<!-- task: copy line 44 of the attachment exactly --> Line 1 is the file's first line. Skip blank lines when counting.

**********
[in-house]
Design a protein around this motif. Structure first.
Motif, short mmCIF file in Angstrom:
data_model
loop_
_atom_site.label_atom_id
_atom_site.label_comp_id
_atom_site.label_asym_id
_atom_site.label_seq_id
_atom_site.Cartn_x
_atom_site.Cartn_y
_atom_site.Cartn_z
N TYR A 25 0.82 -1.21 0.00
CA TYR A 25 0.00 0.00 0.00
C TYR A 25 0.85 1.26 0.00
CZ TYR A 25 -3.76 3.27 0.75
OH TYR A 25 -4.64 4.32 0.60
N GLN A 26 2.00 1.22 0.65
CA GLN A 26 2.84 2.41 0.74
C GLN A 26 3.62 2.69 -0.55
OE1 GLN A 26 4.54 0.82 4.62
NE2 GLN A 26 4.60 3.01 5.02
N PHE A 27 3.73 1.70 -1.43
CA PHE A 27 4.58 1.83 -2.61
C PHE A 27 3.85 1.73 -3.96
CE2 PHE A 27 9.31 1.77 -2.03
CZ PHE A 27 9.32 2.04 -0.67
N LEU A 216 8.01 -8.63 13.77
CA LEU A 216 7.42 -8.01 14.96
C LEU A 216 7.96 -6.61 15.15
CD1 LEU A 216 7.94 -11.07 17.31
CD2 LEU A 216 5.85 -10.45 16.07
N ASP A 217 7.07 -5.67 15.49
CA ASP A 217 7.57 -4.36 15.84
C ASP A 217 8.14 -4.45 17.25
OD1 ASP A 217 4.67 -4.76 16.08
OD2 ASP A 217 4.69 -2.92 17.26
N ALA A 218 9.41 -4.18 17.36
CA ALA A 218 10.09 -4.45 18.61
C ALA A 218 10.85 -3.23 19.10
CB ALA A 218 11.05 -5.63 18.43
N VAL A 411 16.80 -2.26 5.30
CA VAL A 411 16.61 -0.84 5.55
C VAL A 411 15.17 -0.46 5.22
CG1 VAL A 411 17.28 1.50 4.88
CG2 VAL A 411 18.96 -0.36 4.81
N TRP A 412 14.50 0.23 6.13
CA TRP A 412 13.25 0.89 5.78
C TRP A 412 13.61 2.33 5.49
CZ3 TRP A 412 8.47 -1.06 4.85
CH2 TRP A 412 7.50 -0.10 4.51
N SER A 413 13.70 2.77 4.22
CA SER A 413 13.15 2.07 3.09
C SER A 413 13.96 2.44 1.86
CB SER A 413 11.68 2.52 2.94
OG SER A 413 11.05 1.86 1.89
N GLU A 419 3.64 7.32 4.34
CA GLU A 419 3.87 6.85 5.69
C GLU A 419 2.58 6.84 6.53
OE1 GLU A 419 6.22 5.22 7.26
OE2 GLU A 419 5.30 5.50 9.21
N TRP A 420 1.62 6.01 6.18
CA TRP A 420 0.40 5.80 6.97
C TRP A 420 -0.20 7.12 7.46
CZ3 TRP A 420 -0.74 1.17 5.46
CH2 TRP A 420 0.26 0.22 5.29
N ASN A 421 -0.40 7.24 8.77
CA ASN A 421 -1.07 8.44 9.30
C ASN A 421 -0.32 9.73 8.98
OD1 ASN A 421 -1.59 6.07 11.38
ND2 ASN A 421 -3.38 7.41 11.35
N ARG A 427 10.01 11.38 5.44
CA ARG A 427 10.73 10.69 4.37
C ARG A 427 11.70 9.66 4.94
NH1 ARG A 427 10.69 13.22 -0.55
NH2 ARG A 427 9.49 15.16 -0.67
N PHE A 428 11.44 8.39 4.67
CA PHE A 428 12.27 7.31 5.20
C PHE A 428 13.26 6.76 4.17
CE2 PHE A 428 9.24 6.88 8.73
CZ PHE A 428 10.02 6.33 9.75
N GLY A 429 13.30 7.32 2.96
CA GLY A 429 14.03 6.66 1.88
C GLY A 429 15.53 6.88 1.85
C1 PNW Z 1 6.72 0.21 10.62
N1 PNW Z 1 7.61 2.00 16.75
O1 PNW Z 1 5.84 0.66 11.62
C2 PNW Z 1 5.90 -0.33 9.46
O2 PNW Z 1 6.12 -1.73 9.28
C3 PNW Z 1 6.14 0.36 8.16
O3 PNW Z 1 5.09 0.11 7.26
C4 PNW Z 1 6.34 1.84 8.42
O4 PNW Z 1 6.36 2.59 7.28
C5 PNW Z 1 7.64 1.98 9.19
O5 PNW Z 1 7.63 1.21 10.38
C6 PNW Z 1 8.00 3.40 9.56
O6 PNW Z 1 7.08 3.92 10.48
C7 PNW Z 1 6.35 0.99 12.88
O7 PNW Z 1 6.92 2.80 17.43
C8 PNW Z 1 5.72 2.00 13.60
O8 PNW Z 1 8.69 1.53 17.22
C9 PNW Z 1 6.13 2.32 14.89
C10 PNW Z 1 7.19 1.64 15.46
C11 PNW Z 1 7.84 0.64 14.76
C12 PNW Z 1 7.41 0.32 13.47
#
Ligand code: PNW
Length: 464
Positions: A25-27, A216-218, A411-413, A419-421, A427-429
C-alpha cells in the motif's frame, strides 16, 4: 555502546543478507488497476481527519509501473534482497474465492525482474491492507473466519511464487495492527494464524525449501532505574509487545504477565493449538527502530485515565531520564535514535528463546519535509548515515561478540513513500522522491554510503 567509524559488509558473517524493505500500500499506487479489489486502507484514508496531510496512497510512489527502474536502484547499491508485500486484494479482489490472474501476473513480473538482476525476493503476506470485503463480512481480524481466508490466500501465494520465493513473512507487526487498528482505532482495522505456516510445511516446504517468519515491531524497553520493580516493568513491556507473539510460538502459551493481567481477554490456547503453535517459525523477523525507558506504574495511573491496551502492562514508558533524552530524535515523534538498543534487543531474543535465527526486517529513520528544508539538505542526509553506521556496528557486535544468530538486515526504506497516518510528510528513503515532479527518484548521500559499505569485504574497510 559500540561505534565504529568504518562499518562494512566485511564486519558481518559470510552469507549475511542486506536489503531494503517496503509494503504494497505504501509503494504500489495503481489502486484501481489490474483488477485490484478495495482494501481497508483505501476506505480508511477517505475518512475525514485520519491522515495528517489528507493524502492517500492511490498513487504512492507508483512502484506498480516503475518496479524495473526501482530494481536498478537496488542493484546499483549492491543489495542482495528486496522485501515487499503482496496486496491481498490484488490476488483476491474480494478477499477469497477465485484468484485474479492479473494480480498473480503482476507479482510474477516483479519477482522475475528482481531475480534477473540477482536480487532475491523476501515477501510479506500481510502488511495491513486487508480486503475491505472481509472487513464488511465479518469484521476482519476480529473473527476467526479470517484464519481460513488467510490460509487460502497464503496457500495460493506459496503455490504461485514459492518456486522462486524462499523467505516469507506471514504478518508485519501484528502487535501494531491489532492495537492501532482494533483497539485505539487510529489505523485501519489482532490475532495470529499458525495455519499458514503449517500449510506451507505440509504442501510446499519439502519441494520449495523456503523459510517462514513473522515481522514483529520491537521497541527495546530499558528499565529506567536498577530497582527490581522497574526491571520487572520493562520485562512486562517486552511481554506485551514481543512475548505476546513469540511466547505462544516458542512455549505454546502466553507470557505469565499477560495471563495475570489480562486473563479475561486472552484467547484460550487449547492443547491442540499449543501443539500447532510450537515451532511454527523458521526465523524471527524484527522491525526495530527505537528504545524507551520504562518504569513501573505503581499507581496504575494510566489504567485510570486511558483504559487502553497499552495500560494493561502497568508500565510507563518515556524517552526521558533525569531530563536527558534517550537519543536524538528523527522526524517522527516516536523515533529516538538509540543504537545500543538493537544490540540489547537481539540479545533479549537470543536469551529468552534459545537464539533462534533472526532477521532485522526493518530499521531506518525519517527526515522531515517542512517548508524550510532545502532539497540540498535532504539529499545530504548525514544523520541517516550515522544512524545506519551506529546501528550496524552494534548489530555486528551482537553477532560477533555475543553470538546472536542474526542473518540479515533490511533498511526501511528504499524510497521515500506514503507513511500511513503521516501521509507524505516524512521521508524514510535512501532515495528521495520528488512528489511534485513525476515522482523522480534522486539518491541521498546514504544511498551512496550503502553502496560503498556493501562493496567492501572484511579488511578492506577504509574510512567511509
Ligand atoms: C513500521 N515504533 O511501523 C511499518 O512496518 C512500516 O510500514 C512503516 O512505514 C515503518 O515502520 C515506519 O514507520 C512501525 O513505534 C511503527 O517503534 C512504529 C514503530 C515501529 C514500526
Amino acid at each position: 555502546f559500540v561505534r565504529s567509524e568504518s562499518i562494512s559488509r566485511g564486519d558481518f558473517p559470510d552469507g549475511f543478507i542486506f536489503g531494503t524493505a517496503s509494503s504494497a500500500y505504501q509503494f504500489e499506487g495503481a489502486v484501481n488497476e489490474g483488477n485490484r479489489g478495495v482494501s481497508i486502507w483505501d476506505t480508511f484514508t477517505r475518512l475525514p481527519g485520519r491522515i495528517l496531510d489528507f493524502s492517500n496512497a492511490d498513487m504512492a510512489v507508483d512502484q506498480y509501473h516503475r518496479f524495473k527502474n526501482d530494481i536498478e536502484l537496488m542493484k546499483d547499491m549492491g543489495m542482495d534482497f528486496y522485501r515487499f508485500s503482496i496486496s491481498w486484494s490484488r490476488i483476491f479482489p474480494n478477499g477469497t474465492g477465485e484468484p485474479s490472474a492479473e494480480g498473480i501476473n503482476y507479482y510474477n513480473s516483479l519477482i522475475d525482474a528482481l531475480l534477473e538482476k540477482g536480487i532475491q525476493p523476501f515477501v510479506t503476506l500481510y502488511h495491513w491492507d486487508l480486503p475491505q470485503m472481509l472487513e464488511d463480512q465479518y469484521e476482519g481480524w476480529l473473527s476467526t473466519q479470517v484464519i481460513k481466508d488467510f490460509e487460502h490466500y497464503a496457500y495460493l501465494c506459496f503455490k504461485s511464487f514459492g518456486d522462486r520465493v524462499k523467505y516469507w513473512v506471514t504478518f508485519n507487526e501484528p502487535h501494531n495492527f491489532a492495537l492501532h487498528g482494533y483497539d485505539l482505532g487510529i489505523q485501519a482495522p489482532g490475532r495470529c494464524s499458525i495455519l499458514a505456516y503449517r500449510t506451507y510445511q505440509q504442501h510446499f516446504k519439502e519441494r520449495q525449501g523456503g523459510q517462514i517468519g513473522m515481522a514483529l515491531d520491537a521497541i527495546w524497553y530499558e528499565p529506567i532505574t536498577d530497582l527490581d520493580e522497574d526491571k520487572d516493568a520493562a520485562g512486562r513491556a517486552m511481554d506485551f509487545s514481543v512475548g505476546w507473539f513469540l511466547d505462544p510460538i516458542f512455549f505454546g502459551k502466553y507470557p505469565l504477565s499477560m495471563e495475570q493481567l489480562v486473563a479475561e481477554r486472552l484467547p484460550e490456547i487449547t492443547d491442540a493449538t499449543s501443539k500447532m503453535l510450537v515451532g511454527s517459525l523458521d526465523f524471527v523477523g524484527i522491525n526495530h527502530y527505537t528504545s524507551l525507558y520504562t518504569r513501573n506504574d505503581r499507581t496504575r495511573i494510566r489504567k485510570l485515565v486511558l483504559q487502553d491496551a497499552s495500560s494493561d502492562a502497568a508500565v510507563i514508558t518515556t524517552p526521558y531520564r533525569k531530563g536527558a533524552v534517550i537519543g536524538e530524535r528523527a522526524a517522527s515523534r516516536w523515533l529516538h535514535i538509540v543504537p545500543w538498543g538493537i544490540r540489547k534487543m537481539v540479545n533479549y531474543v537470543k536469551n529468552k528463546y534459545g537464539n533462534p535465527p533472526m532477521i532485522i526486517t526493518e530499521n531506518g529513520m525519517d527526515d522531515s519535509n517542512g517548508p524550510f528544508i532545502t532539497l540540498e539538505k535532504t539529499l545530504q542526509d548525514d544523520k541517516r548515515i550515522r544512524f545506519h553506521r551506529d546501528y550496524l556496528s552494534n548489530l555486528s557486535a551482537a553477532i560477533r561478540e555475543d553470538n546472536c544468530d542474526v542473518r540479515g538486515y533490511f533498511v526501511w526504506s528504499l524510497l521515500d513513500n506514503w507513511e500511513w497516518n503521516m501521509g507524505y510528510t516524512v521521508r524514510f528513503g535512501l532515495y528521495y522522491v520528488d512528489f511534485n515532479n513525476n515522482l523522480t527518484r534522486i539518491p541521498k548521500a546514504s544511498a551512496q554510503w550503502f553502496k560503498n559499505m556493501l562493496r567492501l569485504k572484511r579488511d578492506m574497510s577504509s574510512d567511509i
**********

C VAL A 411 15.17 -0.46 5.22